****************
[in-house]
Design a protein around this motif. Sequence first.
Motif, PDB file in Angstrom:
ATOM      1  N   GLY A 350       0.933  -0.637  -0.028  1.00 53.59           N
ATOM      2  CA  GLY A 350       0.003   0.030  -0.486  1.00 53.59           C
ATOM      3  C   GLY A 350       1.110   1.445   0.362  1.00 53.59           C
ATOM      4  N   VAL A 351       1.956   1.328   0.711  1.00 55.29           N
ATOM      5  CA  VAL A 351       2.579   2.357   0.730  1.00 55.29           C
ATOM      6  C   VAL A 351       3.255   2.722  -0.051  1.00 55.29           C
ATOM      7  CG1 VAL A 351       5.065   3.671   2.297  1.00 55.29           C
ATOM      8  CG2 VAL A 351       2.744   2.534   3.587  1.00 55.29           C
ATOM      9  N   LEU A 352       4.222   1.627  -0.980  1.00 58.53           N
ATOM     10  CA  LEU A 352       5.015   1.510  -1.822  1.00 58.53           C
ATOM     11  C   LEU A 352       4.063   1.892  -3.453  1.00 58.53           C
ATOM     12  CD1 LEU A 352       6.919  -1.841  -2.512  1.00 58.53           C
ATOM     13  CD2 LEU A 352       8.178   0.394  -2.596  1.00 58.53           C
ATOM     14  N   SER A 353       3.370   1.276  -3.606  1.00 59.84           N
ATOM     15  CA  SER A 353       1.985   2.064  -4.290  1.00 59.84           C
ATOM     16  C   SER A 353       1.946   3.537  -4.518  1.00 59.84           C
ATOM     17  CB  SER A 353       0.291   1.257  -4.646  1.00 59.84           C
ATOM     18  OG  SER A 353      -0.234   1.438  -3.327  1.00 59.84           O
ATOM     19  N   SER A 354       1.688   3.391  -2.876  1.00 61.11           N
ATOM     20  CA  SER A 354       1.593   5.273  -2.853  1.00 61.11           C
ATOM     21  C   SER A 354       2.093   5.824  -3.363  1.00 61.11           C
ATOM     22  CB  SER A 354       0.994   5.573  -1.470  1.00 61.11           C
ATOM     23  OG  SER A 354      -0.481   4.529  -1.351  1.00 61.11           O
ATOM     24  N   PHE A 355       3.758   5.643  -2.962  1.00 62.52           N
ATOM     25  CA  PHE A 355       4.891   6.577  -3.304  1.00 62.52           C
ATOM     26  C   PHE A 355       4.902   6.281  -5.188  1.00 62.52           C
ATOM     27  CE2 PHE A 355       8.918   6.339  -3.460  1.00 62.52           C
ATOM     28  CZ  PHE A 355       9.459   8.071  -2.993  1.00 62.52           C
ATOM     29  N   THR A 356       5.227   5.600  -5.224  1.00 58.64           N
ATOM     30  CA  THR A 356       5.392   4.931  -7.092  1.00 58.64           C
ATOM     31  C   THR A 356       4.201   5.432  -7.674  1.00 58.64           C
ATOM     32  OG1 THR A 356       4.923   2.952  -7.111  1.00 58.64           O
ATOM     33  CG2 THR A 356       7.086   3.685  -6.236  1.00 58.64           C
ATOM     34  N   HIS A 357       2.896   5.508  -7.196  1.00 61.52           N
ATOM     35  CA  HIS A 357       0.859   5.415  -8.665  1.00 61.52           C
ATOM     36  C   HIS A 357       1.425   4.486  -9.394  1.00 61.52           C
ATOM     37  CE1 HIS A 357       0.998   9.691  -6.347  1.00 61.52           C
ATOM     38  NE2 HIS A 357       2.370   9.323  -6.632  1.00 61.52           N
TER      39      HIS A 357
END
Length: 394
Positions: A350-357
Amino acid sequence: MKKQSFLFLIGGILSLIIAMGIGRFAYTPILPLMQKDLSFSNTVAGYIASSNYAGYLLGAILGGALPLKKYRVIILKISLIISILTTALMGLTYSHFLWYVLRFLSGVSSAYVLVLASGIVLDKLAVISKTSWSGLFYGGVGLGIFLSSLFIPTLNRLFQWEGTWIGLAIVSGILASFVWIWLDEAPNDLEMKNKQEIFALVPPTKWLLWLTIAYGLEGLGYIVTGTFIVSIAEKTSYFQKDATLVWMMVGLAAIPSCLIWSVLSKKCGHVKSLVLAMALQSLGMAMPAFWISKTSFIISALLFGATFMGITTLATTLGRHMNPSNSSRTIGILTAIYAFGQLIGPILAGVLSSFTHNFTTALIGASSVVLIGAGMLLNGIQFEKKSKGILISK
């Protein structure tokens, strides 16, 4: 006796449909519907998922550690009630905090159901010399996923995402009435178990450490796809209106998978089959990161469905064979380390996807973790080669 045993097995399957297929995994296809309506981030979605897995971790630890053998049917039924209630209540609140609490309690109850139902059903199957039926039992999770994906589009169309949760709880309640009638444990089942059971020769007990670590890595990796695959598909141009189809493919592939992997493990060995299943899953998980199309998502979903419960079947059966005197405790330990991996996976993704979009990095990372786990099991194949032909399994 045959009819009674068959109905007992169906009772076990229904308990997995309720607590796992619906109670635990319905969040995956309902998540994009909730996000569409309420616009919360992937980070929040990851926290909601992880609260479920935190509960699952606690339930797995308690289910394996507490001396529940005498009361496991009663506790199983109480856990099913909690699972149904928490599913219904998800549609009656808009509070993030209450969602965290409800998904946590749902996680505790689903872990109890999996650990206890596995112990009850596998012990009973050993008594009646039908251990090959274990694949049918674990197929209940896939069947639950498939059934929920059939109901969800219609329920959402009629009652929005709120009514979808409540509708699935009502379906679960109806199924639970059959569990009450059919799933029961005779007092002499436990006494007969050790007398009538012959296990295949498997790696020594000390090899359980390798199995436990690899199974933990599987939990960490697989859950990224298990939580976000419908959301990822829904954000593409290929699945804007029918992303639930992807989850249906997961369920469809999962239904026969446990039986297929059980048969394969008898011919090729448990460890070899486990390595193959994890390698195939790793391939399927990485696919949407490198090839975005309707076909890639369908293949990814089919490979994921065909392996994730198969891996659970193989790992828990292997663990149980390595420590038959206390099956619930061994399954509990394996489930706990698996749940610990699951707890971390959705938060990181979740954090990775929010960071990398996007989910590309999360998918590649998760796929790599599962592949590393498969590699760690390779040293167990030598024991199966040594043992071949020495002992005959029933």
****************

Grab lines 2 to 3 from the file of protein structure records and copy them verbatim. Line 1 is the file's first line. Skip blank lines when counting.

Design a protein around this motif. Sequence first.
Motif, PDB file in Angstrom: